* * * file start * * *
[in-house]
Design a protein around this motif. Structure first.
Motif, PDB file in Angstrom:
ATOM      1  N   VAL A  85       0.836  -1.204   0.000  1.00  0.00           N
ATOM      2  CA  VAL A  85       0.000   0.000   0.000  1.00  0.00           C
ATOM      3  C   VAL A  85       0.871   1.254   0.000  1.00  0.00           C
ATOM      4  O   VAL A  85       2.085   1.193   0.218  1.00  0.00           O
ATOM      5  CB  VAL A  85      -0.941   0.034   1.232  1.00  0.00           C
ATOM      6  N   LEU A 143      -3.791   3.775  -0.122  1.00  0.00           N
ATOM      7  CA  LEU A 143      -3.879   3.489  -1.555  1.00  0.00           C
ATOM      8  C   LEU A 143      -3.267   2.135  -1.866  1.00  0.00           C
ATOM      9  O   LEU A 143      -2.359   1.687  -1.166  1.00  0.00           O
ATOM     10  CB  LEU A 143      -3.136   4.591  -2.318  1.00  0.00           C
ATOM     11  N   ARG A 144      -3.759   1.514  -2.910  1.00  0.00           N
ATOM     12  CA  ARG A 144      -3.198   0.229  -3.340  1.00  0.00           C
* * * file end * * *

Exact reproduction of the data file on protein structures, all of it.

[in-house]
Design a protein around this motif. Structure first.
Motif, PDB file in Angstrom:
ATOM      1  N   VAL A  85       0.836  -1.204   0.000  1.00  0.00           N
ATOM      2  CA  VAL A  85       0.000   0.000   0.000  1.00  0.00           C
ATOM      3  C   VAL A  85       0.871   1.254   0.000  1.00  0.00           C
ATOM      4  O   VAL A  85       2.085   1.193   0.218  1.00  0.00           O
ATOM      5  CB  VAL A  85      -0.941   0.034   1.232  1.00  0.00           C
ATOM      6  N   LEU A 143      -3.791   3.775  -0.122  1.00  0.00           N
ATOM      7  CA  LEU A 143      -3.879   3.489  -1.555  1.00  0.00           C
ATOM      8  C   LEU A 143      -3.267   2.135  -1.866  1.00  0.00           C
ATOM      9  O   LEU A 143      -2.359   1.687  -1.166  1.00  0.00           O
ATOM     10  CB  LEU A 143      -3.136   4.591  -2.318  1.00  0.00           C
ATOM     11  N   ARG A 144      -3.759   1.514  -2.910  1.00  0.00           N
ATOM     12  CA  ARG A 144      -3.198   0.229  -3.340  1.00  0.00           C